I suggest you Google about webmd and their funding (big pharma) and propaganda (promotions from grants). WebMD is paid by the FDA, which receives its funding from big pharma and, yes, the corporate farming lobby. So by posting propaganda from WebMD, you're supporting MY argument, not your own.

The article you linked was not a study, did not link to any study. It was a (poorly done) article about a report prepared for politicians (who, of course, have an agenda). There is no link to the report, no reference to the "81 studies" that the "researchers" selected to support their position (a conclusion that they were paid to support). No science there at all.

All the actual peer-reviewed articles you posted referred to raw-milk cheese, and mostly specific anecdotes of specific outbreaks, and primarily outside the US. So, pretty irrelevant, especially considering that any process where you INTENTIONALLY GROW BACTERIA can certainly go wrong in many ways.

Comment Re:unpasteurised milk is way better (Score 1) 255

I have drank raw milk since 2011, and it has kept me strong and healthy.

OK. You don't know that. I appreciate your fetish for fucked up smelling gloopy milk, which of course you're welcome to - but that's the bit that you seriously do not know.

You should try it some time. If you're used to the watery, ultra pasteurized, hormone-laden milk from factory cows caged and injected with chemicals and bacteria, you may not know what milk is really supposed to taste like. It's really very delicious, smells wonderful, and is actually creamy, not gloopy.

Comment Re:unpasteurised milk is way better (Score 1) 255

There's absolutely no evidence for that. In fact incidents of food-borne illness are significantly higher for practitioners of the new-age "raw milk" psycho-babble.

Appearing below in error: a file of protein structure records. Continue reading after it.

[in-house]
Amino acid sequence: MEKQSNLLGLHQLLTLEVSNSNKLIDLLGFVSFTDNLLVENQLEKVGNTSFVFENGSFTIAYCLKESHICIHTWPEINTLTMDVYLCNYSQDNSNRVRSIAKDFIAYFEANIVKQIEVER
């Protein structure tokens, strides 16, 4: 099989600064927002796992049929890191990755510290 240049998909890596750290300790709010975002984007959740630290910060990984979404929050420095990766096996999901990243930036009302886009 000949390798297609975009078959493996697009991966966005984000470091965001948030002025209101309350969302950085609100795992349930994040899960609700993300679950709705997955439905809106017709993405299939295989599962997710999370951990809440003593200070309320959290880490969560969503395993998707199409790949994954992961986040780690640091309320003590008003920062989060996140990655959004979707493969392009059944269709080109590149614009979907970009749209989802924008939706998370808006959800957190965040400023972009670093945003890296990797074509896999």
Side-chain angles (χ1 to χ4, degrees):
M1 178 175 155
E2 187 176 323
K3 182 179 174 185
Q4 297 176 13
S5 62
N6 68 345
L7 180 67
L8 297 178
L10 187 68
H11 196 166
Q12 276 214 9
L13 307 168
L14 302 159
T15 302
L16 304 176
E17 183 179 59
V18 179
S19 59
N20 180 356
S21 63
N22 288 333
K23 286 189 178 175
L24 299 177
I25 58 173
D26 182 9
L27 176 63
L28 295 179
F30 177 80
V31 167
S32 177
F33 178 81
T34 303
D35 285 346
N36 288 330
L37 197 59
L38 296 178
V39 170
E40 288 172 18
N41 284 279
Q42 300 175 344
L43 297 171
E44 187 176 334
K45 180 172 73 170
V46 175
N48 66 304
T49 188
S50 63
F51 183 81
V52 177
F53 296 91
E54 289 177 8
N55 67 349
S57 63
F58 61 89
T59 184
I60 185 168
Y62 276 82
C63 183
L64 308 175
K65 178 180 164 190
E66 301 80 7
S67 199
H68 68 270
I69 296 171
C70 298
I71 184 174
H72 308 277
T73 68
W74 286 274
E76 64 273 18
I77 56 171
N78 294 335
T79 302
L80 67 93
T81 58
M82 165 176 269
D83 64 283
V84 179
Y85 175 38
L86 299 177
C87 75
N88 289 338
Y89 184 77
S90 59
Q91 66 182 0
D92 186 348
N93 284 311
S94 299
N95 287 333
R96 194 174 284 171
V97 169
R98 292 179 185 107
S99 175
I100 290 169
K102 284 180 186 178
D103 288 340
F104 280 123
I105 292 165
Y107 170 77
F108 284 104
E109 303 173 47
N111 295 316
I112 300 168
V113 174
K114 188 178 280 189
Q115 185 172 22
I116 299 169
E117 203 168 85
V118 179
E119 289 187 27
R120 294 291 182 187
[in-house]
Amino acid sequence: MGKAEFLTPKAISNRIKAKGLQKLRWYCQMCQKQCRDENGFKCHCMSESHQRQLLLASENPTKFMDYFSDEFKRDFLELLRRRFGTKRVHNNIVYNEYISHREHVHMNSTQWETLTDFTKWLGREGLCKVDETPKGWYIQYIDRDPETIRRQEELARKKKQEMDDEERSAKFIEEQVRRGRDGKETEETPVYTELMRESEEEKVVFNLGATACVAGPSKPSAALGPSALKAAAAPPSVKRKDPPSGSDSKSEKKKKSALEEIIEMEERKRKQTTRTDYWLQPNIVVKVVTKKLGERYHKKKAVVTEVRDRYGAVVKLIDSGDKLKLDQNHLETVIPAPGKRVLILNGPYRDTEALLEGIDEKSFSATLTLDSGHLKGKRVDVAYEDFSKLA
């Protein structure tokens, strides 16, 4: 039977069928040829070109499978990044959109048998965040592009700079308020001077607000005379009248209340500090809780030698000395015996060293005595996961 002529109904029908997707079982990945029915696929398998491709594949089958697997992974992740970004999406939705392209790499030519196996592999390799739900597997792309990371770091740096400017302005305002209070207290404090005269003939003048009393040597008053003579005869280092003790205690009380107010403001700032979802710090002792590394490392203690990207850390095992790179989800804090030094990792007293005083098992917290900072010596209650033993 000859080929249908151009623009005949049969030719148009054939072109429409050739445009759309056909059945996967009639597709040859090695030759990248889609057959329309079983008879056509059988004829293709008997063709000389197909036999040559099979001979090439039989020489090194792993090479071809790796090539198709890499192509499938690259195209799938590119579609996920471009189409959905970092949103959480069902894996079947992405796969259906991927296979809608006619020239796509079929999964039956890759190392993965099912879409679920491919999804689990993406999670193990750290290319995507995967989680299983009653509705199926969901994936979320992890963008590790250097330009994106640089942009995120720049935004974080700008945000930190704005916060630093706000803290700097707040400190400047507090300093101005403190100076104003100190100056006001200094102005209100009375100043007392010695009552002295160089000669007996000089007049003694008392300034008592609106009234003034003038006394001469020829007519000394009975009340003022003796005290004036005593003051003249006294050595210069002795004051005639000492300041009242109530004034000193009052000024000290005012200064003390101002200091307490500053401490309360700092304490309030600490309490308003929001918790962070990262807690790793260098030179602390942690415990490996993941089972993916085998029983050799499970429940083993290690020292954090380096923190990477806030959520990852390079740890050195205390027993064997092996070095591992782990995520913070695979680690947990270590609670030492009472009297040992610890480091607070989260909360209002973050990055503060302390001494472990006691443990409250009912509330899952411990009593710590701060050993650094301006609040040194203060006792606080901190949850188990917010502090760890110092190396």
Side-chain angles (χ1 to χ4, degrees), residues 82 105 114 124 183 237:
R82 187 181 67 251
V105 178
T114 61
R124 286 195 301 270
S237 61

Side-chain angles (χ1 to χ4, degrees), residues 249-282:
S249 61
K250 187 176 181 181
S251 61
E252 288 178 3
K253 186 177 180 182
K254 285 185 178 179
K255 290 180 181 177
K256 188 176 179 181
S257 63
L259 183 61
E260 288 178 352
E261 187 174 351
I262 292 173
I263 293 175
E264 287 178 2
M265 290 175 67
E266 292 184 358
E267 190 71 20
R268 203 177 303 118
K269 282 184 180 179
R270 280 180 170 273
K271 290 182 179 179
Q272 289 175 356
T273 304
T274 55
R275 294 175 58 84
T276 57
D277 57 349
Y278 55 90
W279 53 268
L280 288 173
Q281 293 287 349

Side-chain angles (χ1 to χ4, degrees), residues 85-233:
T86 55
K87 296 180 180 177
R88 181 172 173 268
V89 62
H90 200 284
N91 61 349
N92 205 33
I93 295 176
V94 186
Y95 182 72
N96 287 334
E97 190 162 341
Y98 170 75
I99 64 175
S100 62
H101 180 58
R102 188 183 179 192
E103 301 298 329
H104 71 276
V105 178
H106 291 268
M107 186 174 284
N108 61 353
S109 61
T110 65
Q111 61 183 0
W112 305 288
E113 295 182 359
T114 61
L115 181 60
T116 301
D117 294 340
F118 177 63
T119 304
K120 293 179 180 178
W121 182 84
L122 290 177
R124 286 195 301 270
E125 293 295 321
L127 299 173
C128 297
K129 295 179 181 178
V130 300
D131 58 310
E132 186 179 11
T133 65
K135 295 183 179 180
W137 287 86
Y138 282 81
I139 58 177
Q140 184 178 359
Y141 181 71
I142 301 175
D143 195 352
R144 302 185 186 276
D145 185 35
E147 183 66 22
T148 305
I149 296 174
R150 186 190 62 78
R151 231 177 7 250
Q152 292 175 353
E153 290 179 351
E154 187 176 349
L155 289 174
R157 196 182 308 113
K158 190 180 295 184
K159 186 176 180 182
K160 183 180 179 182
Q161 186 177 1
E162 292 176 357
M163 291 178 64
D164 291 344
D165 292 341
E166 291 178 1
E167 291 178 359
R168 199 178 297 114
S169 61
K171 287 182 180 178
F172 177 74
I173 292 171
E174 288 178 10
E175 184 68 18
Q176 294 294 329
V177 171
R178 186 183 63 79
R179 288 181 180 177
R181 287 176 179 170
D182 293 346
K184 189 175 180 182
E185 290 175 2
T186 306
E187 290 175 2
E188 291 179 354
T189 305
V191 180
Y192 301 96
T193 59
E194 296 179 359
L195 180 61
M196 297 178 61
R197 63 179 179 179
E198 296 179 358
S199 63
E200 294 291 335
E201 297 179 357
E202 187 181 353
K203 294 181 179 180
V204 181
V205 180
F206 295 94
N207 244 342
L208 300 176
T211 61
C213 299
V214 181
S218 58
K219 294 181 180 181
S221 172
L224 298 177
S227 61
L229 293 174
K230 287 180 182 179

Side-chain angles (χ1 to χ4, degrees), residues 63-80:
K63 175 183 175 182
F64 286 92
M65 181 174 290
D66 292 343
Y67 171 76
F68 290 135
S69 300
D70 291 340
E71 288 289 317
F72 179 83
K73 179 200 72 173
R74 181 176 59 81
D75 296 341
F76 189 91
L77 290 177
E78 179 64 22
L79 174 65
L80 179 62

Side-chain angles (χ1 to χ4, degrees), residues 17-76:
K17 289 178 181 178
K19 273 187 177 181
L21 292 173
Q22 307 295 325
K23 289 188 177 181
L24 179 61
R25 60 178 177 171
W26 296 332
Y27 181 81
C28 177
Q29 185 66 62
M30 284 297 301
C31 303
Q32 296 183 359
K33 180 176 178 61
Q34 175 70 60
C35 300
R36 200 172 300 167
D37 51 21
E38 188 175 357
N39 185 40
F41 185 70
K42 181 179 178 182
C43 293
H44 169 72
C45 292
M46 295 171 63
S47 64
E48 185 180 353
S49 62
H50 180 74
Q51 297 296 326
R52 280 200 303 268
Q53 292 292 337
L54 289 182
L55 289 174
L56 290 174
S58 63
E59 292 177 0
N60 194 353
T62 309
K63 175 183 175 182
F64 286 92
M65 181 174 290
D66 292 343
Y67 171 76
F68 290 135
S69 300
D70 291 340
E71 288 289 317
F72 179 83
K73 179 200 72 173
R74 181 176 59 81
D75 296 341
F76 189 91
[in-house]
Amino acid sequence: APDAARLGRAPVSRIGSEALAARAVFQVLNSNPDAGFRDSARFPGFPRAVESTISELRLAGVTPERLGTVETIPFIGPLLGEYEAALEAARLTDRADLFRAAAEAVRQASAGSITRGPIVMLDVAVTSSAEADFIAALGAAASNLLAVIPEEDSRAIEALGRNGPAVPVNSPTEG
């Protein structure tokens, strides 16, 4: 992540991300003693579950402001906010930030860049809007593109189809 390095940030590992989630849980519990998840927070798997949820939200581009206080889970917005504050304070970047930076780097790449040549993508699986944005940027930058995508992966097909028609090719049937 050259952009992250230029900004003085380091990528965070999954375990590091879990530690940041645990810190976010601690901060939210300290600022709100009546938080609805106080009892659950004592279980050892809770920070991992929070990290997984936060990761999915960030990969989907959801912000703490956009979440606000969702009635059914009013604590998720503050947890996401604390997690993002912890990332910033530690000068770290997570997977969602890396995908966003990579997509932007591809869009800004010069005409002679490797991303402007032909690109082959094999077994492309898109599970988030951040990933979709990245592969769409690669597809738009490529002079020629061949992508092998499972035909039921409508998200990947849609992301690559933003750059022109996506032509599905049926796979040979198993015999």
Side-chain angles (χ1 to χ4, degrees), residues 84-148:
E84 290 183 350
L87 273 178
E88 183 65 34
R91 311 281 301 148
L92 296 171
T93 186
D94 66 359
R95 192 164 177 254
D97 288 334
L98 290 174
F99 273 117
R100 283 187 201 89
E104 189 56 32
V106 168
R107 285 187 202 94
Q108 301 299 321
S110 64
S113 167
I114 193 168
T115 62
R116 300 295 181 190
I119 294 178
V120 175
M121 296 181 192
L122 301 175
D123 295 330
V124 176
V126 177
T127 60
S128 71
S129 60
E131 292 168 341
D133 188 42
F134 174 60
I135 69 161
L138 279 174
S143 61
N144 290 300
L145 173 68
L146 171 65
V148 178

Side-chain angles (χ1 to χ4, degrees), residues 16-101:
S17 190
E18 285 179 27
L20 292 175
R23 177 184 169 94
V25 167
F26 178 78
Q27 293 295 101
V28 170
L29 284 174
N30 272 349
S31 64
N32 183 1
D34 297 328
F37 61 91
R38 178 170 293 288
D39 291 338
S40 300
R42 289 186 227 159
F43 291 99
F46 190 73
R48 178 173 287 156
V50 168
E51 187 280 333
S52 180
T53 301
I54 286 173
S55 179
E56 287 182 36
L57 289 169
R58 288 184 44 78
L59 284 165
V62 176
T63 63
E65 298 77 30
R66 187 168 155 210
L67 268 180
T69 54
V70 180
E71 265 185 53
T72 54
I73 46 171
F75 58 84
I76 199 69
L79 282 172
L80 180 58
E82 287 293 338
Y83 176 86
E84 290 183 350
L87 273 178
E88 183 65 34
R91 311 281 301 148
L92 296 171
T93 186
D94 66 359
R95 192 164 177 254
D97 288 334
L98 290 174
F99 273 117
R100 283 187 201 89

Thanks for repeating our propaganda. We'd send you a check for your support, but we sent all our money to the FDA and the former FDA administrators that now have positions on our board.

--- Signed, The Corporate Dairy Council

Comment Re:unpasteurised milk is way better (Score 1) 255

That's right. Raw, or unpasteurized milk, is much better. It builds a strong healthy body.

I drank it for a year or two, as a member of a "cow share" cooperative. I didn't re-up the last time, so I don't drink it any more.

The next best thing is the pasture-fed "organic" (hormone free) milk from the grocery store. Interestingly, that stuff normally comes "Ultrapasturized", and the shelf life on it is at least 4-5 weeks. So I'm not sure what advantage this process brings.

Comment Re: Unfettered capitalism (Score 1) 637

On the flip side, it was government intervention that forced the automobile manufacturers to play nice with the independent repair shops and after market parts manufacturers. Even the fact that my OBD II reader will mostly work on most any (sold in N. American, not sure about other markets) car built from the mid '90's on is due to government intervention.